9 Steps to building a business case for Maze (+ downloadable template)

If you're reading this, chances are you're considering adding Maze to your research toolbox. As a research leader myself, I understand the factors involved in implementing a new user research platform. From gaining stakeholder alignment to navigating budget approvals and legal reviews, there's a lot to consider. Often, on larger teams, this process can take upwards of months.

To help you and your team move forward with the right tool for your research practice, we put together a step-by-step guide and free template for building a solid business case for Maze. Whether it's driving stakeholder alignment or crafting your implementation plan, we have everything you need to get started.

Why do you need a business case?

As a champion advocating for a new user research tool for your company, you are facilitating the entire purchase and implementation journey for your team. Writing a compelling business case is the initial step you'll want to take to turn your vision into a reality.

A business case is a document or presentation that outlines the reasons for starting a project, program, or initiative. As the champion, you’re likely aware of the benefits of choosing a tool like Maze, but your company’s stakeholders may not be familiar with the advantages.

Your business case will serve as a foundation for demonstrating the value of the tool you're advocating for. It’s about putting everything in black and white about why the project is worth the time and money investment.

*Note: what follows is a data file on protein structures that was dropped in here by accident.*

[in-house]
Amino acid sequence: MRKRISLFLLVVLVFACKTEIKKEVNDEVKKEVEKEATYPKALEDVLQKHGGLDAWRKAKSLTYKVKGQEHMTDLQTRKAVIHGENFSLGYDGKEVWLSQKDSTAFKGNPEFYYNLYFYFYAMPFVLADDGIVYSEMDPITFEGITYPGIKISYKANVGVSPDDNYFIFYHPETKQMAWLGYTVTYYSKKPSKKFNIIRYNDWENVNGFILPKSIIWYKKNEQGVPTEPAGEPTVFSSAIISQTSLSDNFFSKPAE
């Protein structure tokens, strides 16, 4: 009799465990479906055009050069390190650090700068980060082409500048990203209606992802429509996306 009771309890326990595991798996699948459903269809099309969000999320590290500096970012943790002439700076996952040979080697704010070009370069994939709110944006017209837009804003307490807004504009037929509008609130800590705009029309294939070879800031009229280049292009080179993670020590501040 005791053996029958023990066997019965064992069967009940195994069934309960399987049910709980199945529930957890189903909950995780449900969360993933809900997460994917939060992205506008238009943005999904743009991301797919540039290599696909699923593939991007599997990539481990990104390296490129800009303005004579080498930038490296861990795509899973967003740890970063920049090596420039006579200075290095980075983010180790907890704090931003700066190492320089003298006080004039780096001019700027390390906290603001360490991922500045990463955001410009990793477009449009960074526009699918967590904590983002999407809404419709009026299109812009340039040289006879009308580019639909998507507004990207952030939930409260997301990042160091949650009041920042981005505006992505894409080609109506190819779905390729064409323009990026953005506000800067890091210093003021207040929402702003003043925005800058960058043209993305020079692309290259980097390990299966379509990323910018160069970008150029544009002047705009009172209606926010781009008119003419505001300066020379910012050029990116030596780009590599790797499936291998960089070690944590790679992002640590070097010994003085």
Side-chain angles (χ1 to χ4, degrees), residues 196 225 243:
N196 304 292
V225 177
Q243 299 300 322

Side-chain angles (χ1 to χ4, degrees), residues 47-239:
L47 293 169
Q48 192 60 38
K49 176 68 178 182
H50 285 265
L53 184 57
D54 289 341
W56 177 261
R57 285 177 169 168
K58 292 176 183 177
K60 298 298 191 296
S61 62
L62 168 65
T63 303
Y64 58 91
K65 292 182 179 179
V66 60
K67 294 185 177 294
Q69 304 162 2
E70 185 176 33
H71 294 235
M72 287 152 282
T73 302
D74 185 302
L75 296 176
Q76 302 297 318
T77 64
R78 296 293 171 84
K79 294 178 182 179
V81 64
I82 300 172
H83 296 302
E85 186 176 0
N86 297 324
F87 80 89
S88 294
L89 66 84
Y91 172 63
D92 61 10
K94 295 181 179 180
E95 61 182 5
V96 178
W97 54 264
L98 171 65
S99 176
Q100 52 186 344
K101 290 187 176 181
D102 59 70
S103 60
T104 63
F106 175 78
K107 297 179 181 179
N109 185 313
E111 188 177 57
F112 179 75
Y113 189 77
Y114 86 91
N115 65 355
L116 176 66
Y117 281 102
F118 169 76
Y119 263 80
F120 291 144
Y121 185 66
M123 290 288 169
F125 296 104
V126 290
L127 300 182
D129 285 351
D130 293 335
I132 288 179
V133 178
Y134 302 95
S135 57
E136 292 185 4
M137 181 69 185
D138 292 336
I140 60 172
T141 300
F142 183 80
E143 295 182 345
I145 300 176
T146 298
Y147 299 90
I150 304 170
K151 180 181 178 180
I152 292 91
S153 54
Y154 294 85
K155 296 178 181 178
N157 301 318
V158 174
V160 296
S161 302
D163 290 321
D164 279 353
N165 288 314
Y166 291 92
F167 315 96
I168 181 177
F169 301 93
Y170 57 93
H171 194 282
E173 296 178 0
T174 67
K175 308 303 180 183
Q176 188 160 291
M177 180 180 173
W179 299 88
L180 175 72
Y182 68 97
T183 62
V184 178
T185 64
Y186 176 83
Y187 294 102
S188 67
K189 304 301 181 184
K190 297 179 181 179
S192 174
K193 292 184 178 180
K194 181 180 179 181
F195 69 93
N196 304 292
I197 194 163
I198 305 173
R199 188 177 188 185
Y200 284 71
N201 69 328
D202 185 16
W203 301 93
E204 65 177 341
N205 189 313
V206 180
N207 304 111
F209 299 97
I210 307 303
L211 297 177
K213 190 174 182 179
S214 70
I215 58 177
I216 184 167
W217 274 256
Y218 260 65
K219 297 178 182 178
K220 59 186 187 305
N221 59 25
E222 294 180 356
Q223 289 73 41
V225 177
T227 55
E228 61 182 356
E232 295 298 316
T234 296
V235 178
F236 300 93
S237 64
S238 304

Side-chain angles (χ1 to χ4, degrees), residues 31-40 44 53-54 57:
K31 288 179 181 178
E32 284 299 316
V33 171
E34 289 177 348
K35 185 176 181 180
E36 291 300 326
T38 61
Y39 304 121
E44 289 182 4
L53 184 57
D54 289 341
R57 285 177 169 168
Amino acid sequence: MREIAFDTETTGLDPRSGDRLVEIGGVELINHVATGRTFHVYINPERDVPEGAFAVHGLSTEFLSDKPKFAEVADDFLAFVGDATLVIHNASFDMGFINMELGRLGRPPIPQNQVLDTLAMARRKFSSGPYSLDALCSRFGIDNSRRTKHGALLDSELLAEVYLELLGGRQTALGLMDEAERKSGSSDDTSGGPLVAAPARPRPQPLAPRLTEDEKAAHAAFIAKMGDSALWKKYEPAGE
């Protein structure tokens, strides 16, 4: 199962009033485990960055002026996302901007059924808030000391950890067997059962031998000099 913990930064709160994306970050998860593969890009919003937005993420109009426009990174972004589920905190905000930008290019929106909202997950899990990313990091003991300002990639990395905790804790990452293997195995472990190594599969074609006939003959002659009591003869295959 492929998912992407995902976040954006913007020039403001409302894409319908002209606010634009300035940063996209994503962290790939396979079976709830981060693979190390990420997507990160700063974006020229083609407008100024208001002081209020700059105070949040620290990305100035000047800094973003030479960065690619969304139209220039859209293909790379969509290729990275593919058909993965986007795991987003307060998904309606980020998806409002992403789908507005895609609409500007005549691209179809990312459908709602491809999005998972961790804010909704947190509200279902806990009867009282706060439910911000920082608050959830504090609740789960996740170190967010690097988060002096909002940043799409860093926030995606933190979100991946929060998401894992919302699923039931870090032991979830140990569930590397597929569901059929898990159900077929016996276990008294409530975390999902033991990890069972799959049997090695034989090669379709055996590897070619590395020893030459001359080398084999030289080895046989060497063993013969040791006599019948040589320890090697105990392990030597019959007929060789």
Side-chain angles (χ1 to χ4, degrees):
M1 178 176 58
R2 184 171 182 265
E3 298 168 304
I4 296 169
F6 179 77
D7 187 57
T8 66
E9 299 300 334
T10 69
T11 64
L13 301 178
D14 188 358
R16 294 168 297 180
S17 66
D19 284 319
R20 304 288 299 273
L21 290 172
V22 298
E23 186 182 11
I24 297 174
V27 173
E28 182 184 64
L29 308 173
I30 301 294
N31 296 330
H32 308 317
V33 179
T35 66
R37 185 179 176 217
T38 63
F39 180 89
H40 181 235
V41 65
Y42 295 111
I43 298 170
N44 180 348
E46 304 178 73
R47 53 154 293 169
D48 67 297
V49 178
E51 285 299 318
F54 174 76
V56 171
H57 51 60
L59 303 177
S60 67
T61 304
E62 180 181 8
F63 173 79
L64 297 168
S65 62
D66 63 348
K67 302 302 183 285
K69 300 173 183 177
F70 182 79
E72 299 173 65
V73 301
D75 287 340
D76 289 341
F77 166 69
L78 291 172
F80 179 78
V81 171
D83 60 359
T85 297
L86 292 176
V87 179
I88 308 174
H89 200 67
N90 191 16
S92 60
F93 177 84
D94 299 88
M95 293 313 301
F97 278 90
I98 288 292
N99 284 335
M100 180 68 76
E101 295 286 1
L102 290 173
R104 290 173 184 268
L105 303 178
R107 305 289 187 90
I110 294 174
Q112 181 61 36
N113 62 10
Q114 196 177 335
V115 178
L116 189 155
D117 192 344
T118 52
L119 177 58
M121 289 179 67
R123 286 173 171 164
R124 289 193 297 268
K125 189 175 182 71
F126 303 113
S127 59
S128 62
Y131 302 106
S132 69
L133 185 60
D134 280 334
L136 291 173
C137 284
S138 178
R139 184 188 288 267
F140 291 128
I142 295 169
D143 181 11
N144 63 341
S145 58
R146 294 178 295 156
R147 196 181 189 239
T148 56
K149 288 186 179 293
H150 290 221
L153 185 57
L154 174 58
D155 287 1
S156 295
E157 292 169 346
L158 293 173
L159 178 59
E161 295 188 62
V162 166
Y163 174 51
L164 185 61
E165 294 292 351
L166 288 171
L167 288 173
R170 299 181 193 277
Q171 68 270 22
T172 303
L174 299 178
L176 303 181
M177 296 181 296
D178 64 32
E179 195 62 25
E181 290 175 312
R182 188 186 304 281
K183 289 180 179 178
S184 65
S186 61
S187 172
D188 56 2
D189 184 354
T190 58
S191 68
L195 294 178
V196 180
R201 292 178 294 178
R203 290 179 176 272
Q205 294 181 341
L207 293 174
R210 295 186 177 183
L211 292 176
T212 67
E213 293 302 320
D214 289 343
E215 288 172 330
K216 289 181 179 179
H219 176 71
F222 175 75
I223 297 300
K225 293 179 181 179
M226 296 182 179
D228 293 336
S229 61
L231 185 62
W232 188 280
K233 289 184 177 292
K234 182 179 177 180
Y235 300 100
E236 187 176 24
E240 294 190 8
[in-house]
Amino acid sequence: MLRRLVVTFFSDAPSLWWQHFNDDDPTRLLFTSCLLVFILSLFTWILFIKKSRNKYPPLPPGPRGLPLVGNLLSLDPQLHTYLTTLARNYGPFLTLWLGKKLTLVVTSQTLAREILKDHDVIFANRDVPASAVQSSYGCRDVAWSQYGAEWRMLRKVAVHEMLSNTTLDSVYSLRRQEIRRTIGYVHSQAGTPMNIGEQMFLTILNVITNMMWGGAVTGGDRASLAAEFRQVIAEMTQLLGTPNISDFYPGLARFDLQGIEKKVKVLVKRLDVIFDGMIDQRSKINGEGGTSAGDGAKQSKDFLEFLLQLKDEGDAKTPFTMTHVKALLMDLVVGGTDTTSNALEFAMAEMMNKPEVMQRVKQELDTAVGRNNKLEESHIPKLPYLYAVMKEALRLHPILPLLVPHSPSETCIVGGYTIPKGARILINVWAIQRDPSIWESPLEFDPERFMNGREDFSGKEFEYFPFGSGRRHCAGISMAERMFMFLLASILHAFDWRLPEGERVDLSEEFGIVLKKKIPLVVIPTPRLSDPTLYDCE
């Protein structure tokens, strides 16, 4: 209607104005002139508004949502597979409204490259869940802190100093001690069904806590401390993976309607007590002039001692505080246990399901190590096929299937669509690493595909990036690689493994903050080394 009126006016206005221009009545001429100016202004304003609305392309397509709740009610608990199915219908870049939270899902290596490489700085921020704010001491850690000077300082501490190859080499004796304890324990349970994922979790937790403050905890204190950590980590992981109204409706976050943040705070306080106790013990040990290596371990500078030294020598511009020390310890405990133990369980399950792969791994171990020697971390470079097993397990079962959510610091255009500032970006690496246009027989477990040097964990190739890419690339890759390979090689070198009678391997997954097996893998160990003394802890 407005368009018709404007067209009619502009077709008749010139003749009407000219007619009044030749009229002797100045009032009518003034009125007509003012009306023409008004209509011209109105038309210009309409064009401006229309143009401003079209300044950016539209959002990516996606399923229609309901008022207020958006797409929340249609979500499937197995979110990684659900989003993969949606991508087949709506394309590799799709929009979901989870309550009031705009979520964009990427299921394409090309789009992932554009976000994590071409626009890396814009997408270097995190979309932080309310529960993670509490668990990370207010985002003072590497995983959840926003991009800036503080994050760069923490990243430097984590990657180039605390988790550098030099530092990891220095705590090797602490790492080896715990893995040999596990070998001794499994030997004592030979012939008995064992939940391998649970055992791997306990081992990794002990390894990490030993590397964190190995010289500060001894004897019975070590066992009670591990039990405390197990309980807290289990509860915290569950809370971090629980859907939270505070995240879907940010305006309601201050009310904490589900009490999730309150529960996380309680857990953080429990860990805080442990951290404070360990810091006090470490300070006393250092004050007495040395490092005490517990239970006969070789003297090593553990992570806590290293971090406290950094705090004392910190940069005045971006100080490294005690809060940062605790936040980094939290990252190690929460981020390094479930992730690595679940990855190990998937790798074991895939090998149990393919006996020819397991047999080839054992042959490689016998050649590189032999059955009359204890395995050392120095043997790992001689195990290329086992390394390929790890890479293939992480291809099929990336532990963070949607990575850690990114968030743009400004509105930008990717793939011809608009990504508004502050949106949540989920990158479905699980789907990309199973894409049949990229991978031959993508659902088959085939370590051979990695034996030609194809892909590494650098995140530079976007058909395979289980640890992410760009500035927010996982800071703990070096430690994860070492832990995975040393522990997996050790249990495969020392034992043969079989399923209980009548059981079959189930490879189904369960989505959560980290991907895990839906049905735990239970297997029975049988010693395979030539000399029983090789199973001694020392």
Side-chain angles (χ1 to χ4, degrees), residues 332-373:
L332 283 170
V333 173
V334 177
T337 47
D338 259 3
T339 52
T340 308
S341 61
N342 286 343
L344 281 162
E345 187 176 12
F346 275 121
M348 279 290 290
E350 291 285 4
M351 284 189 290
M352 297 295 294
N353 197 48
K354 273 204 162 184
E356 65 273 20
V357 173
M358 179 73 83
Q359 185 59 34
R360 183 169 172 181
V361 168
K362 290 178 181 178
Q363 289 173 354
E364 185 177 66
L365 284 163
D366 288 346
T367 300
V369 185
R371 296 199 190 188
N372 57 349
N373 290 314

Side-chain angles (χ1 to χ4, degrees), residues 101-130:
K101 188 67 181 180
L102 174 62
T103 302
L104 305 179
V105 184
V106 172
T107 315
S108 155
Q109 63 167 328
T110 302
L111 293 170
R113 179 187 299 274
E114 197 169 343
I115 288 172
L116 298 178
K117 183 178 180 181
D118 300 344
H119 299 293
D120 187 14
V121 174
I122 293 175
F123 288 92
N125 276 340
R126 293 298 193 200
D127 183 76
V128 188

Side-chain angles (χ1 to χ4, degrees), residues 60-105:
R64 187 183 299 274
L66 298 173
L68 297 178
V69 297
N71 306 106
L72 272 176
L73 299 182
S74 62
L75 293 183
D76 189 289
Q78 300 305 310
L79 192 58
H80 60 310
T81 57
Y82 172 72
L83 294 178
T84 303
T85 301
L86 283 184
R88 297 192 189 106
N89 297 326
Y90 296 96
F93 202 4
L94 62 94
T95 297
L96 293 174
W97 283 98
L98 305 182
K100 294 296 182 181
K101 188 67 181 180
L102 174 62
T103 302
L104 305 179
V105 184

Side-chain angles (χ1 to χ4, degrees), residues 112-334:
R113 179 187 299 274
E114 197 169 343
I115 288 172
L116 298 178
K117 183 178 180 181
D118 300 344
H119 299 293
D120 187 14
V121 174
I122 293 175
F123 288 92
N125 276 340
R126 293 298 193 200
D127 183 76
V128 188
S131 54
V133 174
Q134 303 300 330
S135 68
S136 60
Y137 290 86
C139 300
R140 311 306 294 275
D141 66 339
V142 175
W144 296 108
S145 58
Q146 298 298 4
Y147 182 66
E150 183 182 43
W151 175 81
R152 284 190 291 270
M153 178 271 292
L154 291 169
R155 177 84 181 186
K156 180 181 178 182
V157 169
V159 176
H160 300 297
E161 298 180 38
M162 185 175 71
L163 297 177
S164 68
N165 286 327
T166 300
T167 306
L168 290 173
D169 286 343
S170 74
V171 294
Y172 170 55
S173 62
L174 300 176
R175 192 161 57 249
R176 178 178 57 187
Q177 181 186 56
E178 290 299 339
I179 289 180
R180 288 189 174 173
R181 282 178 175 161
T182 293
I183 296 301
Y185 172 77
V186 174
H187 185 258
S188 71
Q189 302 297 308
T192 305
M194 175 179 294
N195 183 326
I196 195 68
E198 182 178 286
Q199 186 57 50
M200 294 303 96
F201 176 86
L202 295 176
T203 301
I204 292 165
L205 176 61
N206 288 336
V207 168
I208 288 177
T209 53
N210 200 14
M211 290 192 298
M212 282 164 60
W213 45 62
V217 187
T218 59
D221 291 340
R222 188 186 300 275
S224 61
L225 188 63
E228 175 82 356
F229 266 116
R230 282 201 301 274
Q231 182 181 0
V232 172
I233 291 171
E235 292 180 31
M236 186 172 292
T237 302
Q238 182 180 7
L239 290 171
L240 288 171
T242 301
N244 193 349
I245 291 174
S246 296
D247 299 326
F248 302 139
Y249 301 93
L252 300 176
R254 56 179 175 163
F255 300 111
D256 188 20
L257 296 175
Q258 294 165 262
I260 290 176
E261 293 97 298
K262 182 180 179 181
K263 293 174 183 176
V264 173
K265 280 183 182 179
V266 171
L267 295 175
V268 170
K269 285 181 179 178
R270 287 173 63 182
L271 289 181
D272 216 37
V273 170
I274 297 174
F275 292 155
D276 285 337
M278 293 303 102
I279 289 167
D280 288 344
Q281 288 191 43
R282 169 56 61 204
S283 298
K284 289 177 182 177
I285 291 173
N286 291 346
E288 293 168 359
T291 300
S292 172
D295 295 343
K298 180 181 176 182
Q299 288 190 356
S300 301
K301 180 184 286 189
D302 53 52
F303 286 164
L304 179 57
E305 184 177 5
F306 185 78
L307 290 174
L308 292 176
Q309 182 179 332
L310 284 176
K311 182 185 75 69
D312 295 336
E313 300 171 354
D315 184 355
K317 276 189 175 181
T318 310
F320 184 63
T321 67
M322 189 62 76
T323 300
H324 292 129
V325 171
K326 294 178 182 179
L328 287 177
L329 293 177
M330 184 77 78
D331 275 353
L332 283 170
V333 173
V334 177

How to write a business case for Maze in 9 steps

Creating a business case will tell the complete story of why purchasing Maze is a good idea for your business. If this is your first time creating a business case, we’re here to help. Here are nine steps to help break this process down for you and your team:

1. Understand the current state of your research practice

Making a case for a new user research tool is no small feat. You're proposing a shift in your team's behavior and how they carry out their jobs at work.

The first step I always recommend to leaders looking to implement any changes across their research practice is to dig into the current team dynamics. By assessing your team's needs, challenges, and behaviors, you can clearly define the problems a tool like Maze will help you solve.

Just like when running a research study, there's a few different ways you can gather information about the current state of your research practice, including observing existing work, interviewing stakeholders, running a team pulse survey, or taking a research maturity assessment.

Regardless of the method, here are some questions to consider:

  • What does your product development process currently look like?